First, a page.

Recently, I read about Robert Louis Stevenson’s story of…
a storm that caught a vessel off a rocky coast and threatened to drive it and its passengers to destruction. In the midst of the terror, one daring man, contrary to orders, went to the deck, made a dangerous passage to the pilot house and saw the steerman, at his post holding the wheel unwaveringly, and inch by inch, turning the ship out, once more, to sea. The pilot saw the watcher and smiled. Then, the daring passenger went below and gave out a note of cheer: "I have seen the face of the pilot, and he smiled. All is well."[i]
When life gets tough, sometimes you just want to look into the pilot’s face. You just want to see him smile. You just want comfort and consolation, and to know that all is well. In Luke 2, we meet an old man named Simeon, who is waiting for the consolation of Israel. This word “consolation” is also translated as “comfort” and “encouragement.” Basically, he wants God to show them some love. Israel has been like a ship in a storm for so long, that Simeon wants to know that for his people, all will be well.
Israel was a nation that was birthed in pain. Four hundred years of slavery in Egypt threatened to dash them on the rocks even before they got established. Then there had been the time of wandering, the instability of a time when they were simply a loose confederation of tribes, and finally a unified monarchy under Saul, David, and Solomon. But pretty soon, things fell apart. The kingdom was divided. Civil war and unrest made the nation vulnerable so that they were easily conquered by empires. In the history of the Jewish people, very rarely did they have peace or self-rule. The Philistines, Assyrians, Babylonians, Persians, Greeks, and Romans oppressed them. Simeon just wanted to look in the pilot’s face and see him smile. He just wanted comfort, and consolation from the God of Israel. He wanted to know that God’s people were special, that they were loved, and that God was looking out for them. Sometimes that’s all you want, isn’t it? But sometimes love surprises us.
The Bible says that Simeon is led by the Spirit to the Temple, where he encounters Mary, Joseph, and the newborn Jesus. The Holy Spirit gives him a word of prophecy in which he declares the love of God in two astonishing ways.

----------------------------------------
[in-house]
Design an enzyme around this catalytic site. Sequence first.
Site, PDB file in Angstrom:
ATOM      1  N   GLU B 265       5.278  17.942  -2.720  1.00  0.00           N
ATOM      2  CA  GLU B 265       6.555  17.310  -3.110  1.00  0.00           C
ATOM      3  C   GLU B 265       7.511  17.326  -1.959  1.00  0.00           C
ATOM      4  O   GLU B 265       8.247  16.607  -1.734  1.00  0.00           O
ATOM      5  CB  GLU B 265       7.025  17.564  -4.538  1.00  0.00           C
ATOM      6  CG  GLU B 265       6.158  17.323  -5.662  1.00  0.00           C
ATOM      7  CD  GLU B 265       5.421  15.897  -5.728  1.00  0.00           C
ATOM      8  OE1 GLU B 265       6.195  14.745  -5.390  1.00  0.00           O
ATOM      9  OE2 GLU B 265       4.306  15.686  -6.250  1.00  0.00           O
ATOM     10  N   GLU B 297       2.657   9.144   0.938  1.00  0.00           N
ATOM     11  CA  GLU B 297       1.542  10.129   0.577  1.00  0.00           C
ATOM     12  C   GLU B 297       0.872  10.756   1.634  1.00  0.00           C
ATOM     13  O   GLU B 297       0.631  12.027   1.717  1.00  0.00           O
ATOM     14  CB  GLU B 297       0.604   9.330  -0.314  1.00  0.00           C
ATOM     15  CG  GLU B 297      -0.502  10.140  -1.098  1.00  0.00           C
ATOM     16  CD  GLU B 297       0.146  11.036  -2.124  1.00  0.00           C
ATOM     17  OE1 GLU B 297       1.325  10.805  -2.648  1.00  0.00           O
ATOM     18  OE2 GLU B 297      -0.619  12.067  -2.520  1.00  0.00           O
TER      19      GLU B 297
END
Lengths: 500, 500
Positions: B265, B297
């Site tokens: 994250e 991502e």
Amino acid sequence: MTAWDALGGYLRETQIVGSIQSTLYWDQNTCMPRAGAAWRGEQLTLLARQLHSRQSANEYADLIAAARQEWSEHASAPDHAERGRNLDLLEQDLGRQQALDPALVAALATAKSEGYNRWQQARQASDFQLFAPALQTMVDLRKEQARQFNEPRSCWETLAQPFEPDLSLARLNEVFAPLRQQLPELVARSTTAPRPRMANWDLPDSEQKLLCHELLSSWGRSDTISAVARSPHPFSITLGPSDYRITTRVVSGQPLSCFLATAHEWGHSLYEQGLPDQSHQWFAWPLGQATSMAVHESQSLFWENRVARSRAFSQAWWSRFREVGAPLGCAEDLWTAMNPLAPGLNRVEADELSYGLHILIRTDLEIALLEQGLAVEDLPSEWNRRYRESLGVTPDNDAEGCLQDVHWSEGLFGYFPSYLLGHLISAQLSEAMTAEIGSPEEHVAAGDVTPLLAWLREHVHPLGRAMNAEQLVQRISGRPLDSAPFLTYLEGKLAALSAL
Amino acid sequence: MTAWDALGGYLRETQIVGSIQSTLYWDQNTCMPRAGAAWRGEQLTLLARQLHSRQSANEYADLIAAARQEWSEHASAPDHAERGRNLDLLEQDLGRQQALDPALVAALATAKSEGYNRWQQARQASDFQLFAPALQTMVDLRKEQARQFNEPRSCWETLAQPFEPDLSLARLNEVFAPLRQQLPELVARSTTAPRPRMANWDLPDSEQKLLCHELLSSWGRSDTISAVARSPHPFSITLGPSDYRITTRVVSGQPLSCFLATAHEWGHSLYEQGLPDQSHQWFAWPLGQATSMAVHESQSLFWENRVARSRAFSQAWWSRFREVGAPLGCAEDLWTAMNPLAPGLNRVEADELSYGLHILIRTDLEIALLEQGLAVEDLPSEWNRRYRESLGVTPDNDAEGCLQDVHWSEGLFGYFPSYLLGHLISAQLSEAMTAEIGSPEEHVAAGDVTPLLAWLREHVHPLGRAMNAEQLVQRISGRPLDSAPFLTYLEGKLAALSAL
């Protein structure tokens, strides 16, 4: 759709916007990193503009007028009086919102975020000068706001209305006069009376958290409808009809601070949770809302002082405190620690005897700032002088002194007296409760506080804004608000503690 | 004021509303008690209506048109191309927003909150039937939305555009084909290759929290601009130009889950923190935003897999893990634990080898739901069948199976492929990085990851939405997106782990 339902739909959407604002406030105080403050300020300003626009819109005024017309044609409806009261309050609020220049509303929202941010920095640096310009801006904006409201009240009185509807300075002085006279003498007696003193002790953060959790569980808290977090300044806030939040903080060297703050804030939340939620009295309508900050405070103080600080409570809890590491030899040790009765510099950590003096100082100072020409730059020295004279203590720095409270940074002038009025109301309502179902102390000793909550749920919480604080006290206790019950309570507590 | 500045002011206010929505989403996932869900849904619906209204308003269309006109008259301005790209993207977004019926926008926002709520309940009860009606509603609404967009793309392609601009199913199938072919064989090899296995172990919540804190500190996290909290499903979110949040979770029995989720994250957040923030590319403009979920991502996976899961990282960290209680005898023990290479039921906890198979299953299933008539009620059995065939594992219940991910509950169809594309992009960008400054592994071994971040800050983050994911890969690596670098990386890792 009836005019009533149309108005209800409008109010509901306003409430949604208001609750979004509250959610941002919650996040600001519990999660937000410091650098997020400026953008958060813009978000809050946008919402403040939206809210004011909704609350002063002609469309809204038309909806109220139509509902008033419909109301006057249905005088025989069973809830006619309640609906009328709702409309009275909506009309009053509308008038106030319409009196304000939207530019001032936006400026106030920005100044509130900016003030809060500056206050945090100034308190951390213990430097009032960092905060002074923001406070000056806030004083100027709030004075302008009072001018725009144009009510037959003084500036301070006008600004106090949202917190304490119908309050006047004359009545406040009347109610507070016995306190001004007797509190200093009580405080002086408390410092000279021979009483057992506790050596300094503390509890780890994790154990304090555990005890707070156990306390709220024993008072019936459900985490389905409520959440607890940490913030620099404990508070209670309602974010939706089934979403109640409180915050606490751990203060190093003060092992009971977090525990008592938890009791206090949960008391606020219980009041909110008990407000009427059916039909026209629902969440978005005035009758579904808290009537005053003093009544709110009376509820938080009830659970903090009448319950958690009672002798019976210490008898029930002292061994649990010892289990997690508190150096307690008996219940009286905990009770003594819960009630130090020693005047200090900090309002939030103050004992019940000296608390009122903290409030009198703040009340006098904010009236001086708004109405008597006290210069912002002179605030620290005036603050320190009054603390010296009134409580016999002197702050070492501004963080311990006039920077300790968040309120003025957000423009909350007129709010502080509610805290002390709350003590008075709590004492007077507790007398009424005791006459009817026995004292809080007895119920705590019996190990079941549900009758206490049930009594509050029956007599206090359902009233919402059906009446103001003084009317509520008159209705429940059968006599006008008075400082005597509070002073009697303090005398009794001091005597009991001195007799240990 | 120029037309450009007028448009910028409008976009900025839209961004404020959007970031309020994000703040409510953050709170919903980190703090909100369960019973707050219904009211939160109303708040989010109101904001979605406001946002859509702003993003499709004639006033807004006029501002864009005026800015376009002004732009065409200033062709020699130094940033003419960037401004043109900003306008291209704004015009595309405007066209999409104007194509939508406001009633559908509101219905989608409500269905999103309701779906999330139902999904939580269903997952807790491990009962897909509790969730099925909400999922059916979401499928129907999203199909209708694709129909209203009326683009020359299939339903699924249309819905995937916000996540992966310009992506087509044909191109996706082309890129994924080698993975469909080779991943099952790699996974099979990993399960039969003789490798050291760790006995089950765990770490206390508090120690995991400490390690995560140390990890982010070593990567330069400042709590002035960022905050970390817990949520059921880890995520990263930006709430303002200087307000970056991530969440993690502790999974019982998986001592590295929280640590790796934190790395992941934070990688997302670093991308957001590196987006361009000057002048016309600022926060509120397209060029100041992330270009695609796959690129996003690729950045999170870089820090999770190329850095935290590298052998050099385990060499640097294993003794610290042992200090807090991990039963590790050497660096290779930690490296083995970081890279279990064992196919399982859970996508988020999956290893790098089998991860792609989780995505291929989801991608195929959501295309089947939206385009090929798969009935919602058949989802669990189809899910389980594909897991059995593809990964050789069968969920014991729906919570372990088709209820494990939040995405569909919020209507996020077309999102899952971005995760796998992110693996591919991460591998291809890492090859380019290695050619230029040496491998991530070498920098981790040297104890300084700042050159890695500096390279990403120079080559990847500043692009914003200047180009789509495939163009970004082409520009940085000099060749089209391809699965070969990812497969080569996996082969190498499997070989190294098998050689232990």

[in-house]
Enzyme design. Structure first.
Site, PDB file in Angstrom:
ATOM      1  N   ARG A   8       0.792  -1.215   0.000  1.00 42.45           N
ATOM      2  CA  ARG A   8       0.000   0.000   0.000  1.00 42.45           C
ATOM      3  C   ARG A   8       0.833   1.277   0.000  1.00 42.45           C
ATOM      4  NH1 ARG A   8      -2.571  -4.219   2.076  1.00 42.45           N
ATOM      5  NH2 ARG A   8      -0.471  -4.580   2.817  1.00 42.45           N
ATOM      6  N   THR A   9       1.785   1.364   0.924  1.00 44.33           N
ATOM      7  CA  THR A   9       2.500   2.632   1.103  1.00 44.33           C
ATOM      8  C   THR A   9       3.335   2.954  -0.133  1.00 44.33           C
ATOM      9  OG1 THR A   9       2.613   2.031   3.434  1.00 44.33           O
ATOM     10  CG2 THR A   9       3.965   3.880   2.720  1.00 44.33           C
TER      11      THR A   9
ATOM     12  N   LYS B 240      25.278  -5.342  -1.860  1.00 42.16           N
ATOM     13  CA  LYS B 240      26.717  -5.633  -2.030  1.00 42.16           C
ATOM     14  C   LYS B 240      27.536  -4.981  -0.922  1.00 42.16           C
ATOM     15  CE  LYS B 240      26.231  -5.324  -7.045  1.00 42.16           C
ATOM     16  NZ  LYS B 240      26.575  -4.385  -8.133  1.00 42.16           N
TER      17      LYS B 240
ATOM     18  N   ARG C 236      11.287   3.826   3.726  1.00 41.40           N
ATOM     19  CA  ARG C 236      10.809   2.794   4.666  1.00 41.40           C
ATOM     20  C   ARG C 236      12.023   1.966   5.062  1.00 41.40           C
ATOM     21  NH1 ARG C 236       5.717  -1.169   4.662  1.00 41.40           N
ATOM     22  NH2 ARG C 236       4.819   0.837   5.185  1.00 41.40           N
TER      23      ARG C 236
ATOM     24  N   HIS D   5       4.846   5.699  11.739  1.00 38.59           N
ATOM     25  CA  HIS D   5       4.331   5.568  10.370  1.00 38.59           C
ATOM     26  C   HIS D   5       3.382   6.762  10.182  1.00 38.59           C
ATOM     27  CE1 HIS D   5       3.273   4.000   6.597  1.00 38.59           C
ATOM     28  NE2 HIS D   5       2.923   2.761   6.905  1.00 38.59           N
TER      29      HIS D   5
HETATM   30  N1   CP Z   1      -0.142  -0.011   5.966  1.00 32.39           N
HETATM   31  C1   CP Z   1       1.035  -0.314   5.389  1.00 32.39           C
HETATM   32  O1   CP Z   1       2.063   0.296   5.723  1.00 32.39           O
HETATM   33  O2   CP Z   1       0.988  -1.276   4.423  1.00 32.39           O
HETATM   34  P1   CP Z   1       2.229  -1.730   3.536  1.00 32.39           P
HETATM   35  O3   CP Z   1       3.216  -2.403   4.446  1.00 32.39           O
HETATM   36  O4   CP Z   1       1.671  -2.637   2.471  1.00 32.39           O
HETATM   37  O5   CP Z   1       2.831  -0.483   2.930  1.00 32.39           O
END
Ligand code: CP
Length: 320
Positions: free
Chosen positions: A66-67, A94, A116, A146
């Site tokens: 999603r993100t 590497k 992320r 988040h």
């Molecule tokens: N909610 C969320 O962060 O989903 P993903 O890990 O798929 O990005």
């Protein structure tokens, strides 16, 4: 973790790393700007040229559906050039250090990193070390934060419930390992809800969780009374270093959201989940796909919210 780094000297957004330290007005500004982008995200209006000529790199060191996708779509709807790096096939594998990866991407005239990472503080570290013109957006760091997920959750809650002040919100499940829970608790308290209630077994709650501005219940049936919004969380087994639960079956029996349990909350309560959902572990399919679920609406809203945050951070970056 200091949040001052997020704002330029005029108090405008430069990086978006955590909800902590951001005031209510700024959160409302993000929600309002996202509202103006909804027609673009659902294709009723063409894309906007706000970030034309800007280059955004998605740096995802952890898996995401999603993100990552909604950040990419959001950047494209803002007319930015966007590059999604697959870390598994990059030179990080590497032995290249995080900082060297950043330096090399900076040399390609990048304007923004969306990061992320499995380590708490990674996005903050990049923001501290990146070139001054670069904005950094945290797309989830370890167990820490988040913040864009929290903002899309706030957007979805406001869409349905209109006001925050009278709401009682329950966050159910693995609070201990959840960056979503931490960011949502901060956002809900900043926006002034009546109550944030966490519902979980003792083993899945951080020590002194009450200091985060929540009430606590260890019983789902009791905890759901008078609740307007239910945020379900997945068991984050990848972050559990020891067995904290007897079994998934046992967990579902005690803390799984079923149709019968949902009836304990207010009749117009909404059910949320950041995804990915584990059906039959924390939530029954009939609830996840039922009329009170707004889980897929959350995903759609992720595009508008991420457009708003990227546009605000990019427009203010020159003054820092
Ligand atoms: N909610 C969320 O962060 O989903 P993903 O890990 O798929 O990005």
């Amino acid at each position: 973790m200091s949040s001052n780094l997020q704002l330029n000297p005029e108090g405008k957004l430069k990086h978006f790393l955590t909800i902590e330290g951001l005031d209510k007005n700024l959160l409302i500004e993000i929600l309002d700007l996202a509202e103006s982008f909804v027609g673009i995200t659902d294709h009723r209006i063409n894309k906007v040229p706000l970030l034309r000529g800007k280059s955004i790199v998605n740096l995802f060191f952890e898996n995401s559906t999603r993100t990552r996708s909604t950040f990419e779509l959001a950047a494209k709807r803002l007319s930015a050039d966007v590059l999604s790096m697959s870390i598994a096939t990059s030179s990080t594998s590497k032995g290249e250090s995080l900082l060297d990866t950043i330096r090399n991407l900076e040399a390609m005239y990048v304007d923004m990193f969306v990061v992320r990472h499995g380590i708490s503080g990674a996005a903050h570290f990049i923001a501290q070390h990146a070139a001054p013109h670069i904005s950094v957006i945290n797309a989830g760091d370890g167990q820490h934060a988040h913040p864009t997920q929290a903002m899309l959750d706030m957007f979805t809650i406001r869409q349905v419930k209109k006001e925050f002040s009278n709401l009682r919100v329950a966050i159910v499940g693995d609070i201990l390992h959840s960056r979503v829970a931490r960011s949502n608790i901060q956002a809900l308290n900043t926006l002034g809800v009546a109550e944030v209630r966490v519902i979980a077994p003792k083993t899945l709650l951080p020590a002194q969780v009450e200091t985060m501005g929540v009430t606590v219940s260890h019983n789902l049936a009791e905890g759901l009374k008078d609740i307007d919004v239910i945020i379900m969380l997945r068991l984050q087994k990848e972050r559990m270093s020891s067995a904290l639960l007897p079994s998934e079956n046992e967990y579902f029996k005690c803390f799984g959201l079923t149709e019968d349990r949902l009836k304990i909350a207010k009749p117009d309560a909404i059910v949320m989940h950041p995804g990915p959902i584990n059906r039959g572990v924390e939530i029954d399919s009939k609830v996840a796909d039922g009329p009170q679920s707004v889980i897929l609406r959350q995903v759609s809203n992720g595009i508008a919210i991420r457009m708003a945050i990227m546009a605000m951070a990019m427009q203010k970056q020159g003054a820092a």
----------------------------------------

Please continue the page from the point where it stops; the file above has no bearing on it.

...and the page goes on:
The first surprise is the scope of God’s love. This man who had been looking for the consolation of his oppressed nation prophesies instead about a comfort that God wants to give to everybody. “For my eyes have seen Your salvation, which You have prepared in the presence of all peoples, a Light of revelation to the Gentiles, and the glory of Your people Israel.”[ii] So salvation and revelation aren’t just for the Jewish people—they are for the Gentiles, too. That means all people—even the oppressors. What amazing love God shows the world!
The second surprise is the cost of God’s love. Simeon meets the holy family in the context of sacrifice. They have come to the Temple to dedicate their child in a ritual that involves the offering of two young birds, one as a burnt offering and one as an offering to atone for sin. It’s in the context of blood and sacrifice that Simeon sings of salvation. Grace is free—it’s never earned. But it certainly is costly. It was upon the cross that Jesus bore the worst cruelty that humankind could dream up. Yet it was from the cross, while enduring our torment, that Jesus pronounced atonement with the words, “Father, forgive them!”[iii] Without Jesus’ shed blood we would never know the extent to which God’s love is willing to go. A college professor of mine, Rabbi Spiro, used to say, “God loves us, even to the point of self-sacrifice.” God demonstrates this great love in the person of Jesus. This costly gift would be a sword that would pierce Mary’s soul, yet it would bring salvation to the world.
In John 3:16-17 (NIV), Jesus says, “For God so loved the world that he gave his one and only Son, that whoever believes in him shall not perish but have eternal life. For God did not send his Son into the world to condemn the world, but to save the world through him.” God loves you so much that He never wants to condemn you, but always to save you. That’s why Jesus came, to give God’s saving love to the world as the ultimate Christmas gift. Simeon knew that this love was costly, and would involve sacrifice. Simeon sang that this love would include not just some segment of “special people,” but that Jesus came as the Light of the Gentiles—the Light of world. I pray that you’ll know the love of God through Jesus, and I pray that you’ll share that light.
[i] http://www.sermonillustrations.com/a-z/c/comfort.htm. December 18, 2015.
[ii] Luke 2:30-32 (NASB)
[iii] Luke 23:34 (NASB)